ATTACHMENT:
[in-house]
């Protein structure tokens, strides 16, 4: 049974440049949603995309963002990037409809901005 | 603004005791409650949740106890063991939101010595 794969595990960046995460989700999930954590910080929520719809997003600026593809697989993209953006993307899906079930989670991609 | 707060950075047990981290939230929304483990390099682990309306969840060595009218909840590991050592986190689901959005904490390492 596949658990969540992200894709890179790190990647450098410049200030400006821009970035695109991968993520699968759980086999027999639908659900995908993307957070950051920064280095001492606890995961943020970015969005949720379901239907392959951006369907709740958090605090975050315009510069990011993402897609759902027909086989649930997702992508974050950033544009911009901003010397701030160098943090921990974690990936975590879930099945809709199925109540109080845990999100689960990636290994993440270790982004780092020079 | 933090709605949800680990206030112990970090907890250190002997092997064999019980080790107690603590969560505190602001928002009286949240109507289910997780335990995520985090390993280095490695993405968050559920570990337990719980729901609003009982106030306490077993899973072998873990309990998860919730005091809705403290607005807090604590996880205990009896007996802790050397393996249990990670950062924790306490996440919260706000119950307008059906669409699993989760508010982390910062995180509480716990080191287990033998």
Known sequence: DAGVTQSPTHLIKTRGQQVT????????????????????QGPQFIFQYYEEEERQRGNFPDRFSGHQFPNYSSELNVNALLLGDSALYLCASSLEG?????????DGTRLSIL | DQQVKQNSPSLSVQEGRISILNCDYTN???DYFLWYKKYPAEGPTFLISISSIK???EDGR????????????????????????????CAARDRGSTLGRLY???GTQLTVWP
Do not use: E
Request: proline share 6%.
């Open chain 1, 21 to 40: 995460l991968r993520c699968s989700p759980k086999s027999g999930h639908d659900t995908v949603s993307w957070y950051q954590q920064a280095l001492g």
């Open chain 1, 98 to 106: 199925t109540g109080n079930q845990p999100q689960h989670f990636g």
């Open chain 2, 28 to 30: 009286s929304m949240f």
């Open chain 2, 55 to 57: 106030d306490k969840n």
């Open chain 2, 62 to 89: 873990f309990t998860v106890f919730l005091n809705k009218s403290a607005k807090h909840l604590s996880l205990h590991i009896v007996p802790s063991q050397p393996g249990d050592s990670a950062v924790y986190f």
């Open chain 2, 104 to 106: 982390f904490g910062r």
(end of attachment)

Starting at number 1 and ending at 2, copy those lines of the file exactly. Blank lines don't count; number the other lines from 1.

[in-house]
């Protein structure tokens, strides 16, 4: 049974440049949603995309963002990037409809901005 | 603004005791409650949740106890063991939101010595 794969595990960046995460989700999930954590910080929520719809997003600026593809697989993209953006993307899906079930989670991609 | 707060950075047990981290939230929304483990390099682990309306969840060595009218909840590991050592986190689901959005904490390492 596949658990969540992200894709890179790190990647450098410049200030400006821009970035695109991968993520699968759980086999027999639908659900995908993307957070950051920064280095001492606890995961943020970015969005949720379901239907392959951006369907709740958090605090975050315009510069990011993402897609759902027909086989649930997702992508974050950033544009911009901003010397701030160098943090921990974690990936975590879930099945809709199925109540109080845990999100689960990636290994993440270790982004780092020079 | 933090709605949800680990206030112990970090907890250190002997092997064999019980080790107690603590969560505190602001928002009286949240109507289910997780335990995520985090390993280095490695993405968050559920570990337990719980729901609003009982106030306490077993899973072998873990309990998860919730005091809705403290607005807090604590996880205990009896007996802790050397393996249990990670950062924790306490996440919260706000119950307008059906669409699993989760508010982390910062995180509480716990080191287990033998």